As the future of the UK’s leading business organisation hangs in the balance over allegations of sexual harassment and rape, commentators are predicting the Confederation of British Industry’s imminent and permanent demise and members are voting with their feet and making for the hills.
Couple of thoughts – one about the Board and one about the members.
In the midst of the unfolding crisis, present and former members of the CBI Board have been publicly hand-wringing and expressing their surprise and revulsion at the reports of a massively dysfunctional toxic culture. Former President, Paul Drechsler said in the Guardian: “It came out of the blue,” he said. “I’m devastated.”
He added: “I’ve been around business for 40 years, all sorts of organisations around the world. I spent a lot of time at this organisation and I didn’t see anything even remotely close to this kind of stuff.” He said he had no indication of any allegation of sexual misconduct at the organisation or any failings in its oversight while working as president, an unpaid role.
Commission or omission?
Strangely, I had always thought the central responsibility of a Board was oversight and governance. Their job is making sure the strategy is right and that they have the best executive team. They must also ensure the place is run honestly and respectfully, and hold management to account on – among other things – risk management, business ethics and culture. Given those obligations, in simple terms, the CBI Board failed, either through commission or omission:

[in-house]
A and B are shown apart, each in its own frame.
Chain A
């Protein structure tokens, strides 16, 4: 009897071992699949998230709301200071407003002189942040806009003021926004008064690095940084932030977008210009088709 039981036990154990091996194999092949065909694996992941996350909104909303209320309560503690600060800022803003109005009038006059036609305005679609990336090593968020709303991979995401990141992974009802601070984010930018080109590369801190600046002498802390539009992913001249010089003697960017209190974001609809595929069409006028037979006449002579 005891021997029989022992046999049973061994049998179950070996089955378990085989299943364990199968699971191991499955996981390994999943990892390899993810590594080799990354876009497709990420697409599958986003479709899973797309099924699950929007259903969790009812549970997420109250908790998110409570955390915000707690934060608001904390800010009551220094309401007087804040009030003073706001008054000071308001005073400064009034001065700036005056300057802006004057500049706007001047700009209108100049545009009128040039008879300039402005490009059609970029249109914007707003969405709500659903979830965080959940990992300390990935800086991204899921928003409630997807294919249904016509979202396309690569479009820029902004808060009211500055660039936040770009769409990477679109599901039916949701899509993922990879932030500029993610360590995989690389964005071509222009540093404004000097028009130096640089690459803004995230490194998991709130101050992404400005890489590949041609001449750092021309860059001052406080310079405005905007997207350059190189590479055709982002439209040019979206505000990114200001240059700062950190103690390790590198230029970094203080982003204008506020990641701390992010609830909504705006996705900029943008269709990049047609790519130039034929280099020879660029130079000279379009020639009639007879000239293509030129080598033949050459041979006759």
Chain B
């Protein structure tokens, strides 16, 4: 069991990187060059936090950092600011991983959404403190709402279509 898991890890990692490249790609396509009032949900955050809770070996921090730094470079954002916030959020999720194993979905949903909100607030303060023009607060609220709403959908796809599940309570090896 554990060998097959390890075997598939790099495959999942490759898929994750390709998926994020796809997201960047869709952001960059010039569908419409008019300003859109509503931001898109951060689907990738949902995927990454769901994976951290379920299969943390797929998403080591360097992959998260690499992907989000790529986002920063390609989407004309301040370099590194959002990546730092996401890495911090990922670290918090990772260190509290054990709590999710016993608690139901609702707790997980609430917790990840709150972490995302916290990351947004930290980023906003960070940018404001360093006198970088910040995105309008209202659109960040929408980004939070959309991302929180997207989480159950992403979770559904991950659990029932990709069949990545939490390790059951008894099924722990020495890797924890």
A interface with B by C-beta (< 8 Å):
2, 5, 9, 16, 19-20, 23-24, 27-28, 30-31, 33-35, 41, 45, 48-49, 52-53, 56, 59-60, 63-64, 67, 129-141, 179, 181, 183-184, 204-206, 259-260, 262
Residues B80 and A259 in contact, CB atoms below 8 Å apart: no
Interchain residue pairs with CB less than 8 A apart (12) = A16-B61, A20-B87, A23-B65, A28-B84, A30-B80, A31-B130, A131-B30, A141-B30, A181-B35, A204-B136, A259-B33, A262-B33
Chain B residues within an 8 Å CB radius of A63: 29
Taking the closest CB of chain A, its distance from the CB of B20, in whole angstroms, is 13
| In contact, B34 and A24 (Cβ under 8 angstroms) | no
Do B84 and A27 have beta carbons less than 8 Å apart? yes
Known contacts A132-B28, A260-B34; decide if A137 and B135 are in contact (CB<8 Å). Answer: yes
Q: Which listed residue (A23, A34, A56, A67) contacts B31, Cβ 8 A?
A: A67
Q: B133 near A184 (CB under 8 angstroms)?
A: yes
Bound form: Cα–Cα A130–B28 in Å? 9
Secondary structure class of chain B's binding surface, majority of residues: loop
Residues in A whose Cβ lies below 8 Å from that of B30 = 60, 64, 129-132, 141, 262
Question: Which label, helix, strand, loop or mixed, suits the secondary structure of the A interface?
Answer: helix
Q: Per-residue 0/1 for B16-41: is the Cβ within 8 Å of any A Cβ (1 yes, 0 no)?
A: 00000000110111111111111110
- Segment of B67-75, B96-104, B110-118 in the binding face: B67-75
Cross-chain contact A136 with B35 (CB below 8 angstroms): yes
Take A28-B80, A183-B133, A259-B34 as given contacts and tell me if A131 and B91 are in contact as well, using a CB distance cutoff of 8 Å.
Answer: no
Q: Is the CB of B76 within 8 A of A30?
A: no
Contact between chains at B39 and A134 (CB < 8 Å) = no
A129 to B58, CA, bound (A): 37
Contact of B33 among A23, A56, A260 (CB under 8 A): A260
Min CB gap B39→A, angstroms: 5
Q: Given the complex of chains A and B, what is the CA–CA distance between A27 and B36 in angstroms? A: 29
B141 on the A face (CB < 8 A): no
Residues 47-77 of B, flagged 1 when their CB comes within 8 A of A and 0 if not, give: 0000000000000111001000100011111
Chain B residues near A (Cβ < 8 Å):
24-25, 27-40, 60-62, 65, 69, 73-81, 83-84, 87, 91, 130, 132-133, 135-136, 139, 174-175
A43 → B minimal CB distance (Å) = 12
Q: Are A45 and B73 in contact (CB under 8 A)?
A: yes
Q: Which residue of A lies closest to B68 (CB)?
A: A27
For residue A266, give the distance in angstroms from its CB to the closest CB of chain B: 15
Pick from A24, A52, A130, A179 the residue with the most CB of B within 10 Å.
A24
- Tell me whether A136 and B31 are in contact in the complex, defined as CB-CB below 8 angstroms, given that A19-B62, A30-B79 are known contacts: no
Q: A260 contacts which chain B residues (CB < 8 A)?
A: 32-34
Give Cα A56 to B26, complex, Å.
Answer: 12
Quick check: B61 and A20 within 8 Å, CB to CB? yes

- Commission: It knew there were indications of a toxic culture – and didn’t do anything about it.
- Omission: It didn’t know there were indications of a toxic culture – but it should have done.
The current President of the CBI, Brian McBride, has admitted the organisation was ‘complacent’ . It’s a word that covers a multitude of sins. The sin of thinking nothing can happen here, we are above that grubby sort of stuff; and the related sin of not bothering to look for trouble.
If Boards don’t have the systems and processes to ensure they get a clear view under the skin of the organisation, then they are not doing their jobs. I bet the Board knew the inflow of cash from subscriptions and the outflow for salaries and expenses – to the penny. They expect systems and process in the organisation provide a clear picture for them.
A lesson for Boards will be to ensure they have a robust process for looking into the dark corners of an organisation, because if they don’t, those dirty, dark secrets will consume them. Their and the organisation’s reputation will be shattered in a matter of days.
Members, too, have a corporate responsibility
And for CBI members – a brief question. Do you want the CBI to survive this crisis or is it too toxic and in terminal decline?
If your calculation is that it’s shortly to join the Dodo, walking away removes your hazard of association.
But regardless of the toxicity of the CBI brand, there is unfinished business here and a broader corporate responsibility for the membership. There are staff whose trust in the organisation has been fundamentally shaken and who themselves need support. They also rely on their jobs at the CBI paying them a salary so they can live a decent life.
Wholesale member resignations will likely throw staff onto the dole, which is hardly compensation for working hard and surviving a toxic culture and institutional meltdown. So, if members really do want to support the staff and believe in the CBI’s core mission, they must logically pitch-in and make a contribution to fixing it or reinventing it.
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